1. The main timer count is stored in TA0R.

  2. Each of the seven timer channels has a control register TA0CCTLn.

  3. The timer is controlled with the TA0CTL register.

    1. Bits 9 and 8 control TASSEL, which should usually be set to 10 to read from the SMCLK, the sub-main clock.
    2. Bits 7 and 6 control ID, the prescaler, which divides the input clock by 2 to the power of (the value of ID).
    3. Bit 2 controls TACLR, which if set to 1, clears the module.
    4. Bit 1 controls TAIE, which enables the TAIFG interrupt when the timer overflows.
    5. Bit 0 controls TAIFG, which is set to 1 when there is an interrupt pending.
  4. Each channel is controlled by a TA0CCTLn register.

    1. Bit 4 is CCIE, enabling interrupts.
  5. For output-compare, we set a value in TA0CCRn

A Practical Example

The only registers we need to configure Timer_A are TA0CTL, and for each timer channel, TA0CCTLn and TA0CCRn. The register TA0R stores the actual value of the timer. For example, a simple blink program in C would look like the following:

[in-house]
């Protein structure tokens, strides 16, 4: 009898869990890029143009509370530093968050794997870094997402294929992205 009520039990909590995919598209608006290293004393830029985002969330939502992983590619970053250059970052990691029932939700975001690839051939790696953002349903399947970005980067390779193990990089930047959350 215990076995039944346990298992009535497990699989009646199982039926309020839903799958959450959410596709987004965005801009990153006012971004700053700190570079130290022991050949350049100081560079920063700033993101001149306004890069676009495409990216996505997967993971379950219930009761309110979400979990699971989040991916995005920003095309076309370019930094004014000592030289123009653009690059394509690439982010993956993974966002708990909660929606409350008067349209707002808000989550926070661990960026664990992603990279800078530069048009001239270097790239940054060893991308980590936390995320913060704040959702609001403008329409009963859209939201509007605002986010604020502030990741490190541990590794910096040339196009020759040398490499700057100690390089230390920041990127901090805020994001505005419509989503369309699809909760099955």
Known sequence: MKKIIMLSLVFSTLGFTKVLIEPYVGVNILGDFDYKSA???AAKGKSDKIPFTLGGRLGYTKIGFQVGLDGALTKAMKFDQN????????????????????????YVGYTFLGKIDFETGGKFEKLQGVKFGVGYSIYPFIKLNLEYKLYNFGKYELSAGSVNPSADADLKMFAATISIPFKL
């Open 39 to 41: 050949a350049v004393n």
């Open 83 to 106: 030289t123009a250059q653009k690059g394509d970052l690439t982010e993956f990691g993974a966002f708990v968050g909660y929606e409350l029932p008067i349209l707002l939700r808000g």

(Compiled with CCS, 2020-01-12, on an MSP430F5529LP)

#include "msp430f5529.h"

void main(void)
{
    WDTCTL = WDTPW | WDTHOLD;

    P4DIR |= BIT7;
    P4OUT &= ~BIT7;

    TA0CTL = TASSEL_2 + MC_2 + TACLR + ID_3;
    TA0EX0 = TAIDEX_1;

    TA0CCTL1 = CCIE;
    TA0CCR1 = 0xFFFF;

    _BIS_SR(LPM3_bits + GIE);
}

#pragma vector=TIMER0_A0_VECTOR
__interrupt void TIMER0_A0_ISR(void){}

#pragma vector=TIMER0_A1_VECTOR
__interrupt void TIMER0_A1_ISR(void)
{
    P1OUT ^= 0x01;
    switch (__even_in_range(TA0IV, TA0IV_TAIFG))
    {
    case TA0IV_TACCR1:
        P4OUT ^= BIT7; // Toggle the LED bit.
        break;
    default:
        __never_executed();
    }
}

Wow, that’s really difficult to understand! All this program does is toggle an LED every second. Let’s break it down.